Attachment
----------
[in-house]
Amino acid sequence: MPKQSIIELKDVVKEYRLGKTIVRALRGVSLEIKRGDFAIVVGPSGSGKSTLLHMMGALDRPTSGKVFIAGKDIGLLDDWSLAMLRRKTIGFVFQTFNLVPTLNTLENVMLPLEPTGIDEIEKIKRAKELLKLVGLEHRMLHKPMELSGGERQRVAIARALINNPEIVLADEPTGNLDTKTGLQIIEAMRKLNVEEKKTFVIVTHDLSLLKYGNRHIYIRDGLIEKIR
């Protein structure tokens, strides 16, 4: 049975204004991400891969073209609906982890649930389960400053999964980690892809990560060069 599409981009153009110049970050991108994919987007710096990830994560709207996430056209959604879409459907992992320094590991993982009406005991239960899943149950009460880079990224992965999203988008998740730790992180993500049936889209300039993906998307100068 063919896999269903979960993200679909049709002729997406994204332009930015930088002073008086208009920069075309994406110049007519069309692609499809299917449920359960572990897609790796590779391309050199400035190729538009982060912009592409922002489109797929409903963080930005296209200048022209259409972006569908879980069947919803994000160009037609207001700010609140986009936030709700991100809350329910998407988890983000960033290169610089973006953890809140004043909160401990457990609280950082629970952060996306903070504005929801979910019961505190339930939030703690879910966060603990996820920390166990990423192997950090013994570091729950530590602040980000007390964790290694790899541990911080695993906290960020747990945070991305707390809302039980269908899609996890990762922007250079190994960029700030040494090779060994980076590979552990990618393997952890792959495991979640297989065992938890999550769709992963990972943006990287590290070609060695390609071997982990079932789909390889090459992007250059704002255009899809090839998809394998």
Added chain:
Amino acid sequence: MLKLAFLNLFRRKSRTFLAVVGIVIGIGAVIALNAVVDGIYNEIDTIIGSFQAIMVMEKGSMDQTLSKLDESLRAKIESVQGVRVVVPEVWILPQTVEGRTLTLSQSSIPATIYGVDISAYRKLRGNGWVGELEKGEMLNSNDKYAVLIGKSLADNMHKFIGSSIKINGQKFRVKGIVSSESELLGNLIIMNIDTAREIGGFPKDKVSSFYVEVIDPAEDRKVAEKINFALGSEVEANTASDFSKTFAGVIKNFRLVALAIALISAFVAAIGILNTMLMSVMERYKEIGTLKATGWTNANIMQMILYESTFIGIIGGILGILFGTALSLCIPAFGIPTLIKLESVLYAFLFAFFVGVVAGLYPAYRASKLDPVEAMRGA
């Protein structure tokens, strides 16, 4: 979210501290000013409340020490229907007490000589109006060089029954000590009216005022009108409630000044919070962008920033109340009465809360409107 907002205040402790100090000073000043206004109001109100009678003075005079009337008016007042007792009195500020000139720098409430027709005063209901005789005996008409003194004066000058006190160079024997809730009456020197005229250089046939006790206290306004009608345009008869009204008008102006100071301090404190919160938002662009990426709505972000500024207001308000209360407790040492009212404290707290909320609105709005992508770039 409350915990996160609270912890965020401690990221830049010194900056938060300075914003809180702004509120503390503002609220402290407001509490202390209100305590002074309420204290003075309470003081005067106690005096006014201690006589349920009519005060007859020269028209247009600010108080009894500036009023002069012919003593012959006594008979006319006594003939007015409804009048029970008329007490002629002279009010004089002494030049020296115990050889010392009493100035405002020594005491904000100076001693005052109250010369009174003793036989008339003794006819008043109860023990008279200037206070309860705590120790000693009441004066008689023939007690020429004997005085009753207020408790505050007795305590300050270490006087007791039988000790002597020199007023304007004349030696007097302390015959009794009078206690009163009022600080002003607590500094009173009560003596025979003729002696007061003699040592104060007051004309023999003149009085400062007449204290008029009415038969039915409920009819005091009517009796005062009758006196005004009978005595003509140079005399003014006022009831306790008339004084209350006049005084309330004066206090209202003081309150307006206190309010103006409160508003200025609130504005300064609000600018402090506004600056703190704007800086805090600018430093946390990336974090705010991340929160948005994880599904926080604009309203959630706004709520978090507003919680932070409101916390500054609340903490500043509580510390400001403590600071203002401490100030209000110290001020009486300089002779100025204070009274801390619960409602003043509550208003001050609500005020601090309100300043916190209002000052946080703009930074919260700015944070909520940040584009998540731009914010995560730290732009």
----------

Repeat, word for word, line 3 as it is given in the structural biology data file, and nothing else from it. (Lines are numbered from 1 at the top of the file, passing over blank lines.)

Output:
């Protein structure tokens, strides 16, 4: 049975204004991400891969073209609906982890649930389960400053999964980690892809990560060069 599409981009153009110049970050991108994919987007710096990830994560709207996430056209959604879409459907992992320094590991993982009406005991239960899943149950009460880079990224992965999203988008998740730790992180993500049936889209300039993906998307100068 063919896999269903979960993200679909049709002729997406994204332009930015930088002073008086208009920069075309994406110049007519069309692609499809299917449920359960572990897609790796590779391309050199400035190729538009982060912009592409922002489109797929409903963080930005296209200048022209259409972006569908879980069947919803994000160009037609207001700010609140986009936030709700991100809350329910998407988890983000960033290169610089973006953890809140004043909160401990457990609280950082629970952060996306903070504005929801979910019961505190339930939030703690879910966060603990996820920390166990990423192997950090013994570091729950530590602040980000007390964790290694790899541990911080695993906290960020747990945070991305707390809302039980269908899609996890990762922007250079190994960029700030040494090779060994980076590979552990990618393997952890792959495991979640297989065992938890999550769709992963990972943006990287590290070609060695390609071997982990079932789909390889090459992007250059704002255009899809090839998809394998």